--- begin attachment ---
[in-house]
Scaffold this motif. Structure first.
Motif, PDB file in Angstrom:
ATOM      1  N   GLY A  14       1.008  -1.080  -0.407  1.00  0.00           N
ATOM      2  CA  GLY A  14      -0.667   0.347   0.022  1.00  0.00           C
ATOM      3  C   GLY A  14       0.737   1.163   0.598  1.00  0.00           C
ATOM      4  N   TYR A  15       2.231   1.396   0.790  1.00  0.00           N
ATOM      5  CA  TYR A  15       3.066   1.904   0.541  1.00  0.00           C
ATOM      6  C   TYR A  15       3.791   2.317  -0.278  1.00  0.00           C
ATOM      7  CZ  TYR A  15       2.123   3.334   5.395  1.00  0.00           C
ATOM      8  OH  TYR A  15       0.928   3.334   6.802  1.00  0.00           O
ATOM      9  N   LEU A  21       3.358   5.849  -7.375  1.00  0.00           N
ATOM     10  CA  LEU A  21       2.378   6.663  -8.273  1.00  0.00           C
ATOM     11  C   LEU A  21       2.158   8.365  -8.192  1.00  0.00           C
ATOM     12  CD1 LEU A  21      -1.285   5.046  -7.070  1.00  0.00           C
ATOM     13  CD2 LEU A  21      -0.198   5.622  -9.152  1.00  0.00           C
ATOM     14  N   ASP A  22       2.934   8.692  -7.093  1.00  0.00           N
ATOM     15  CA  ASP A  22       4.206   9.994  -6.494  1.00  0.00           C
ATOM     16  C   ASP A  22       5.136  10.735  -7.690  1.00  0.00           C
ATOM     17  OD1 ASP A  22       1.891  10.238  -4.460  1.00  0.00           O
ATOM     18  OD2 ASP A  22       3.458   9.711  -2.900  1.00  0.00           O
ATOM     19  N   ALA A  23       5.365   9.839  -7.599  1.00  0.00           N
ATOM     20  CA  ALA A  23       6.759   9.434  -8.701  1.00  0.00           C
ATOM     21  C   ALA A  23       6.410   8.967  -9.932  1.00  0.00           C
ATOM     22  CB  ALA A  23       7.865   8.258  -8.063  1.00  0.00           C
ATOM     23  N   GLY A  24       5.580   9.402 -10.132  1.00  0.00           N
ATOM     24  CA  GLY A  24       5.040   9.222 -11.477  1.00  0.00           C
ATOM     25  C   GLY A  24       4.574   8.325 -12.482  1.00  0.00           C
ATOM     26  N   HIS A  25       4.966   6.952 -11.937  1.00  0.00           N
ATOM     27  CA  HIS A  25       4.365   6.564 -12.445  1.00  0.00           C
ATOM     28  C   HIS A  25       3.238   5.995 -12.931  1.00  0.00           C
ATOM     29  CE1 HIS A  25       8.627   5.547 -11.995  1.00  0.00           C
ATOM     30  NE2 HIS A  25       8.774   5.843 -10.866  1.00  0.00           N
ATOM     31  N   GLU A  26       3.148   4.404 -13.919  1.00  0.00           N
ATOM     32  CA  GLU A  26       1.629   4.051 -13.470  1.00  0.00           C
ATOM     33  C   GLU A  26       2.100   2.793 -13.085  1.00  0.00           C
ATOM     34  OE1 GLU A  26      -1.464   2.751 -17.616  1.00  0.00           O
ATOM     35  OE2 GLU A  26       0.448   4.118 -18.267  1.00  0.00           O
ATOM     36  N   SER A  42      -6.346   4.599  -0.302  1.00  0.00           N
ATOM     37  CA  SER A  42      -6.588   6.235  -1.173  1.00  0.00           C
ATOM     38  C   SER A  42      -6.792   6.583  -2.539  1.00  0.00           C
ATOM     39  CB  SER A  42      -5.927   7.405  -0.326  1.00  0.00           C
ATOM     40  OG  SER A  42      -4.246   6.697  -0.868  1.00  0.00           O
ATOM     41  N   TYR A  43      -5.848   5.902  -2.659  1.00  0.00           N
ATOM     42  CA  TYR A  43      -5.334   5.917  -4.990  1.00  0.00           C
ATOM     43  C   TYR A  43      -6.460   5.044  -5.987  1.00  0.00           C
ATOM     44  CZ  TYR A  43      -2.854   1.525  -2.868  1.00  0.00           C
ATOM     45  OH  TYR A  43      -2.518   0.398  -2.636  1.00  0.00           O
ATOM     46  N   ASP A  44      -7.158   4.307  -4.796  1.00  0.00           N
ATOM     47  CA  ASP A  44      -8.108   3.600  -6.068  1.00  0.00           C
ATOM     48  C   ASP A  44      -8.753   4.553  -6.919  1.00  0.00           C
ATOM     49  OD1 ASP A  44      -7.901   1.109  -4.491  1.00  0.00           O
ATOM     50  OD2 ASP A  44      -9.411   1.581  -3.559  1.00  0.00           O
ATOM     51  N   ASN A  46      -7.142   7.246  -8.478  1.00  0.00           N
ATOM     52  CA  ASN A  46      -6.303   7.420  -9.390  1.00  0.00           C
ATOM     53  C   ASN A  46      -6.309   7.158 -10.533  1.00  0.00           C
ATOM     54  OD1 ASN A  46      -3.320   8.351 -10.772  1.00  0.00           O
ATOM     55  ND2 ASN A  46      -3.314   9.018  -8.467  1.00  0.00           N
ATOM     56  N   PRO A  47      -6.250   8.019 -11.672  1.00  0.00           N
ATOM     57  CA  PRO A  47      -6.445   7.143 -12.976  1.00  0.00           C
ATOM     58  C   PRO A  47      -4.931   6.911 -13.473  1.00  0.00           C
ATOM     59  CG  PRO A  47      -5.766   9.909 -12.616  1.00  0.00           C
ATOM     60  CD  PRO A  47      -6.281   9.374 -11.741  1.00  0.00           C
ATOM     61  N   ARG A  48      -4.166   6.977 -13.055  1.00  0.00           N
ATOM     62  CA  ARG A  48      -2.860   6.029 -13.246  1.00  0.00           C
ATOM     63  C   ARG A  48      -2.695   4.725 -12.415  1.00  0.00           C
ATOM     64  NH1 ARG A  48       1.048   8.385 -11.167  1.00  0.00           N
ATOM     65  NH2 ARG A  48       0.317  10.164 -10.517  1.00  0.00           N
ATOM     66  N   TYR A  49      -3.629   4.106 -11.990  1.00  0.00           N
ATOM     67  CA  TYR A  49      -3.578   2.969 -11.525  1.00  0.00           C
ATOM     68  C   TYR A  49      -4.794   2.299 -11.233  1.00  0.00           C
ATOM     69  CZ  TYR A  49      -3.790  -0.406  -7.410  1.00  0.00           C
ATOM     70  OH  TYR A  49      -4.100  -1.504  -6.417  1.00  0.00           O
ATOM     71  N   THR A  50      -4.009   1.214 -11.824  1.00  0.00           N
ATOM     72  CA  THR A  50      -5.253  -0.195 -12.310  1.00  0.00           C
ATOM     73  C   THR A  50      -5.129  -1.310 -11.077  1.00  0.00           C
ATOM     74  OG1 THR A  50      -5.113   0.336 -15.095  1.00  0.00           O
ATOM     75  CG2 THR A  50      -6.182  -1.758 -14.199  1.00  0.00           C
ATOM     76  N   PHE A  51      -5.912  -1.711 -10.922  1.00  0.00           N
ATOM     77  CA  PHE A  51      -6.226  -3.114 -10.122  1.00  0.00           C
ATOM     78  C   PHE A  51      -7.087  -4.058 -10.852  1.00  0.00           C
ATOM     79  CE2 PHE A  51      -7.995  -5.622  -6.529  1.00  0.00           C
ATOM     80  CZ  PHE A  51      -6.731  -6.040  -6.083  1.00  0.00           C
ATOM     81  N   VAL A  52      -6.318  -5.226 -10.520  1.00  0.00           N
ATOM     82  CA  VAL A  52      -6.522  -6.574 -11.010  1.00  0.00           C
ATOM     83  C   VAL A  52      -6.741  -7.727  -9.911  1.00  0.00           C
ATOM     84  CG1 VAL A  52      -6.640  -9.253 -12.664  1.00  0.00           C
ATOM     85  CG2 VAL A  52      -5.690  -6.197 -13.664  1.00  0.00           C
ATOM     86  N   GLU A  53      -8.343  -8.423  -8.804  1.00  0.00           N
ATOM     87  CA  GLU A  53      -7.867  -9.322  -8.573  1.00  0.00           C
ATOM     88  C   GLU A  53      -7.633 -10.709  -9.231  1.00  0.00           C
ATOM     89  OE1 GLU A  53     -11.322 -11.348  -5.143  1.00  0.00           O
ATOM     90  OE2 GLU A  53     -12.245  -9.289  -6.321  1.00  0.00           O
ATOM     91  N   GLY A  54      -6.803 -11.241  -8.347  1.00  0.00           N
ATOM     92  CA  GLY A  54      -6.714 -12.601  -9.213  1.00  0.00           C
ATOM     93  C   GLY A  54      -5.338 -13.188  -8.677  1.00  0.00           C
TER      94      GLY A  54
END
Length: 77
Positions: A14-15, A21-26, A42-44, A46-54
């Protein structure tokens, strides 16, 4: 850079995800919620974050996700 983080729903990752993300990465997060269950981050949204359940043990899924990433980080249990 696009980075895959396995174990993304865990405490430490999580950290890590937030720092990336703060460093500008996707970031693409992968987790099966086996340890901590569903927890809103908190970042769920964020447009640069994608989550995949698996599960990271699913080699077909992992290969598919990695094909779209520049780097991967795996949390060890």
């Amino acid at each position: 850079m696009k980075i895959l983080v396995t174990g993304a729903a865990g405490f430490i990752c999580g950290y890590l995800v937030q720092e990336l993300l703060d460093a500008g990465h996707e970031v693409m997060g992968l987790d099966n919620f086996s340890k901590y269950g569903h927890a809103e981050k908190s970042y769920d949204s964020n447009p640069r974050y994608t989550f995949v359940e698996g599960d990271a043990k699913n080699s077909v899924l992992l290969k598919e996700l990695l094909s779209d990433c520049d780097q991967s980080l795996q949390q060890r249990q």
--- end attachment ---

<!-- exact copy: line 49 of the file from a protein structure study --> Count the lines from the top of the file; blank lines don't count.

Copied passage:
ATOM     46  N   ASP A  44      -7.158   4.307  -4.796  1.00  0.00           N